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Bruins now have the advantage at home

By John McGourty - NHL.com Staff Writer

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Bruins now have the advantage at home
Thanks to the coveted road split, the Boston Bruins now have the home-ice edge against Buffalo, starting Monday in Game 3.
BOSTON -- Back home in Boston after achieving the goal of a split of the first two games against the Buffalo Sabres, Bruins coach Claude Julien was pleased with his club's efforts so far.

The Bruins took a 5-3 win in Game 2 and were right in it against the Sabres in Game 1 before falling, 2-1. Game 3 is Monday night at TD Garden (7 p.m. ET, VERSUS, CBC)

"Any time you start out on the road, you want to come back with at least a split," Julien said. "We've done that and now it's our job to maintain that home-ice advantage that we've acquired."

That may be easier said than done. The Bruins were not a good home team this season, going 18-17-6 at TD Garden, the 12th-best mark in the East and just the 25th best in the league. But Julien thinks the team's recent play at home has been much better.

"I think so. We won the last couple of games, but even the games before that we lost, we were dominant," Julien said. "In some of those -- think back to the Florida game -- it's not like we played terrible here. It's that we weren't getting results here for a while. I think our team feels pretty comfortable in our own building."

Julien's home-ice advantage comes down to the ability to match lines against the Sabres' Lindy Ruff. But Julien downplayed that, saying good coaches can adapt on the road. There were several occasions in the two games in Buffalo where a Bruins player skated for his bench right after the faceoff so that Julien could get another player on the ice.

He expects Ruff will do something similar.

"They can control it better. They can do what I did, which was tinker with it a bit," Julien said. "It's a chess match when it comes to that. At some point you try and get the matchups, but at the same time, you try not to lose the momentum. Sometimes, it's the team that rolls its lines -- and our team is like

that -- sometimes can play just as well or even better. You try to have a feeling for your team as the game goes on and if all of your lines are working, it certainly makes it easier to make those kinds of decisions."

Bruins left wing Milan Lucic was one of those players shuttling after faceoffs so he knows what Julien's talking about.

"We were able to make adjustments and we know that are probably going to do the same thing so we have to be prepared for that," Lucic said. "We have to play hard and play determined and play with a relentless work ethic."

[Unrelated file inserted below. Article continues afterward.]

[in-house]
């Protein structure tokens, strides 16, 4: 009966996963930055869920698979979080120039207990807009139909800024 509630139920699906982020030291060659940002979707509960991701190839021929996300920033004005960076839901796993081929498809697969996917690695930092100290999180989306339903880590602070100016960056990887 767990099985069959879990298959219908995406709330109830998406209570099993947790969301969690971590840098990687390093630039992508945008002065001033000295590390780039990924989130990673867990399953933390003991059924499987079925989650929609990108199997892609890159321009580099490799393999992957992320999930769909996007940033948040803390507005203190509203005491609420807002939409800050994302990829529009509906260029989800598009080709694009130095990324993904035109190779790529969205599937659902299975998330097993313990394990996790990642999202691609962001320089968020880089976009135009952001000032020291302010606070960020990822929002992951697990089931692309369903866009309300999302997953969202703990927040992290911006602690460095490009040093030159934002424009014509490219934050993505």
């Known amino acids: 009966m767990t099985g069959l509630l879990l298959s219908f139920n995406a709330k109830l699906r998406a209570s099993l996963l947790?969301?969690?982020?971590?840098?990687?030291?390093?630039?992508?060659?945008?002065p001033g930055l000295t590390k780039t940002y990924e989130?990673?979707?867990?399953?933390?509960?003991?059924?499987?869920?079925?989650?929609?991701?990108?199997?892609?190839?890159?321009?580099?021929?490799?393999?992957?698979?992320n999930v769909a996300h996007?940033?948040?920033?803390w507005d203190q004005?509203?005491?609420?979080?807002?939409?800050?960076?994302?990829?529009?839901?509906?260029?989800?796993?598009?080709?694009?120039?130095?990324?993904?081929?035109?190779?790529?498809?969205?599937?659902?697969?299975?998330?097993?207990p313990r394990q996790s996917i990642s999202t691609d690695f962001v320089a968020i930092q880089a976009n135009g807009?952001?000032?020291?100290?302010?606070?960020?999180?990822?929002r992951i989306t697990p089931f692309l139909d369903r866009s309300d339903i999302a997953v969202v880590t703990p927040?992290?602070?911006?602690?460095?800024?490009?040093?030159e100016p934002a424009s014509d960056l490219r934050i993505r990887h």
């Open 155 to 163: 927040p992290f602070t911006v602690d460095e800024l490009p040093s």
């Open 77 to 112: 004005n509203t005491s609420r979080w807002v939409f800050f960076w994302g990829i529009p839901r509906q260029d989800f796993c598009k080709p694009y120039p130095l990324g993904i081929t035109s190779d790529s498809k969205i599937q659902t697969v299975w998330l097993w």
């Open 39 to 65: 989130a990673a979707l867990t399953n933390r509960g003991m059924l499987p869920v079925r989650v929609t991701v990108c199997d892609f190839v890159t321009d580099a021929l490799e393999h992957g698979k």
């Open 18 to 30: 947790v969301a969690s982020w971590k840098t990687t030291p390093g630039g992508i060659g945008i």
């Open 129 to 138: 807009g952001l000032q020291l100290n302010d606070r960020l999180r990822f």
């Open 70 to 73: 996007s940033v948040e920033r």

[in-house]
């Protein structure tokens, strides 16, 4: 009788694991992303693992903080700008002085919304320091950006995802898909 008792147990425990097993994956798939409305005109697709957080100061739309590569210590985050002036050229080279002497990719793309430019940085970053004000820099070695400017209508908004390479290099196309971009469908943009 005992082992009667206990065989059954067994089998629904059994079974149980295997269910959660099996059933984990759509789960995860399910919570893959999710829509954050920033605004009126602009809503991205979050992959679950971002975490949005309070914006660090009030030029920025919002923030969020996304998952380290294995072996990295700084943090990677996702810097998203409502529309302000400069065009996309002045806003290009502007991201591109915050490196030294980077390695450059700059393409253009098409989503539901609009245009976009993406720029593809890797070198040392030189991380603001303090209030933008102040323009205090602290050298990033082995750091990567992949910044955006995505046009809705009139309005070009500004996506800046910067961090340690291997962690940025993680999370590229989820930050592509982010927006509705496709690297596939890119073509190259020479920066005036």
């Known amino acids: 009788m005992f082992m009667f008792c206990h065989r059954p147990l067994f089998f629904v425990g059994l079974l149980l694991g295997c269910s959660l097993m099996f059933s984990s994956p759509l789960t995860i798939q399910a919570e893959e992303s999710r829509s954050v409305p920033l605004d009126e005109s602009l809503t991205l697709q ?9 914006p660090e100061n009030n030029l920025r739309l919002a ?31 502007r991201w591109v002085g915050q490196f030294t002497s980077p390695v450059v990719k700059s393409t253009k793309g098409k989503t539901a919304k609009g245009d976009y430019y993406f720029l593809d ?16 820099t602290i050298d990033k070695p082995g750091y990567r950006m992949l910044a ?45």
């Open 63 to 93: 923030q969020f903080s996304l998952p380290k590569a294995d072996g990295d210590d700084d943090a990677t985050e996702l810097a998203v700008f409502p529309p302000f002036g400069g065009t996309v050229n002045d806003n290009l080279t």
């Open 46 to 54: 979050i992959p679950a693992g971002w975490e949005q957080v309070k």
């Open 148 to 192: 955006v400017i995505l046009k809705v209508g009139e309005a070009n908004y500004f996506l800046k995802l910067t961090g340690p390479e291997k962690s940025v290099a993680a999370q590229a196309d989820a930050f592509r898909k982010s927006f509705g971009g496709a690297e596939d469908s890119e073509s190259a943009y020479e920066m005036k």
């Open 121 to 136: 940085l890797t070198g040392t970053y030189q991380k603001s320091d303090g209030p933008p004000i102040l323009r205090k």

It's unlikely Julien will have to adapt to the presence of Buffalo's leading goal scorer, Thomas Vanek, who was injured in Saturday's game. The Sabres say Vanek will travel with the team to Boston but is unlikely to play in Game 3. Vanek may return later in the series. Julien was asked what impact Vanek's absence has on his pre-game thinking and strategy.

"It's hard for me to stand here and answer that," Julien said. "I don't know what's going to happen with him. I certainly don't want to be speculating here and putting all my eggs in one basket: Vanek is not going to play next game. I think more than anything what has gotten us here with a split is the way we've played, not who is in their lineup. They might be missing Vanek. They might be missing a couple of players, but so are we. You talk about (Marc) Savard and two (defensemen Dennis Seidenberg and Mark Stuart) who are in our top four.

"That's just the reality of the game and if you spend your time worrying about what you haven't got, you're wasting your time preparing for what you have got. I'm going to concentrate on my team and worry about that. Who knows? If he plays tomorrow, they've got themselves a pretty good player back in their lineup and if he doesn't, they're missing a good player from their lineup. But that's their problem, not ours."

Bruins goalie Tuukka Rask cautioned that losing a one-goal game in Game 1 and winning by two goals, including Mark Recchi's empty-netter, means that Buffalo and Boston are very closely matched. He said the Bruins achieved their goal of a split in Buffalo and must not surrender the home-ice advantage they've earned.

"That's something that we wanted to do, come back here tied or ahead," Rask said. "It's good but we have to keep doing the things that we were doing right to keep home-ice advantage. I hope it's good. I hope people get really loud out there. We like to play at home but I don't want us to get too high on ourselves."

"Any time you start out on the road, you want to come back with at least a split.  We've done that and now it's our job to maintain that home-ice advantage that we've acquired." -- Bruins coach Claude Julien
Center Patrice Bergeron said the Bruins will respond to the fans' support.

"In front of our fans, we need to take advantage of that," Bergeron said. "It's huge, especially in the playoffs. We all talk about. We feel at home. The fans have been great all year, really supporting us and we need to give them a good show and take advantage of the emotion in the building, feel the energy and get going because of that."

Quote of the Day

[He's] real confident with the puck now, getting it off his stick quick and no second-guessing. We need that. He's such a good guy in the room. He works so hard. That's the big thing. For not a big man, he just fights for every puck and when he scores, the guys appreciate that even more.

— Winnipeg Jets coach Paul Maurice on Mathieu Perreault, who scored two goals in win against Chicago Blackhawks on Tuesday